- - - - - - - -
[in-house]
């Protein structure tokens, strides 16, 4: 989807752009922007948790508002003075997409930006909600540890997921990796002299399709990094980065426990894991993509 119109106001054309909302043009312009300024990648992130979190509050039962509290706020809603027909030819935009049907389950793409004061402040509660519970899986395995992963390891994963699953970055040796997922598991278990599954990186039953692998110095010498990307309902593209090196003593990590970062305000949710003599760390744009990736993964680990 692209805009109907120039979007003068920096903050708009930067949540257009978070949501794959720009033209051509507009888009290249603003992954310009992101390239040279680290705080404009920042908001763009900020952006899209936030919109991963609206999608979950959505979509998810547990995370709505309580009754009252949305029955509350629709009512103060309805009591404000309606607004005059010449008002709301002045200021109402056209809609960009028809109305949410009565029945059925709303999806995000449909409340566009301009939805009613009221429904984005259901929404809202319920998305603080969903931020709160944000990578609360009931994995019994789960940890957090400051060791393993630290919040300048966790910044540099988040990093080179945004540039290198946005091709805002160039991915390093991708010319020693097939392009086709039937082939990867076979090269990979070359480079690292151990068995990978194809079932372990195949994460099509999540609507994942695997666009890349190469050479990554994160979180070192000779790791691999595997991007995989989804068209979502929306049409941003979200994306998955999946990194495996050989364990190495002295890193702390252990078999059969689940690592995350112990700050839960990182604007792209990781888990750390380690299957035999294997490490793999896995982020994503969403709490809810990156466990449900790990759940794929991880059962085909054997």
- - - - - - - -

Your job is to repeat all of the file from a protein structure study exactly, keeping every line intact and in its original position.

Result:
[in-house]
């Protein structure tokens, strides 16, 4: 989807752009922007948790508002003075997409930006909600540890997921990796002299399709990094980065426990894991993509 119109106001054309909302043009312009300024990648992130979190509050039962509290706020809603027909030819935009049907389950793409004061402040509660519970899986395995992963390891994963699953970055040796997922598991278990599954990186039953692998110095010498990307309902593209090196003593990590970062305000949710003599760390744009990736993964680990 692209805009109907120039979007003068920096903050708009930067949540257009978070949501794959720009033209051509507009888009290249603003992954310009992101390239040279680290705080404009920042908001763009900020952006899209936030919109991963609206999608979950959505979509998810547990995370709505309580009754009252949305029955509350629709009512103060309805009591404000309606607004005059010449008002709301002045200021109402056209809609960009028809109305949410009565029945059925709303999806995000449909409340566009301009939805009613009221429904984005259901929404809202319920998305603080969903931020709160944000990578609360009931994995019994789960940890957090400051060791393993630290919040300048966790910044540099988040990093080179945004540039290198946005091709805002160039991915390093991708010319020693097939392009086709039937082939990867076979090269990979070359480079690292151990068995990978194809079932372990195949994460099509999540609507994942695997666009890349190469050479990554994160979180070192000779790791691999595997991007995989989804068209979502929306049409941003979200994306998955999946990194495996050989364990190495002295890193702390252990078999059969689940690592995350112990700050839960990182604007792209990781888990750390380690299957035999294997490490793999896995982020994503969403709490809810990156466990449900790990759940794929991880059962085909054997």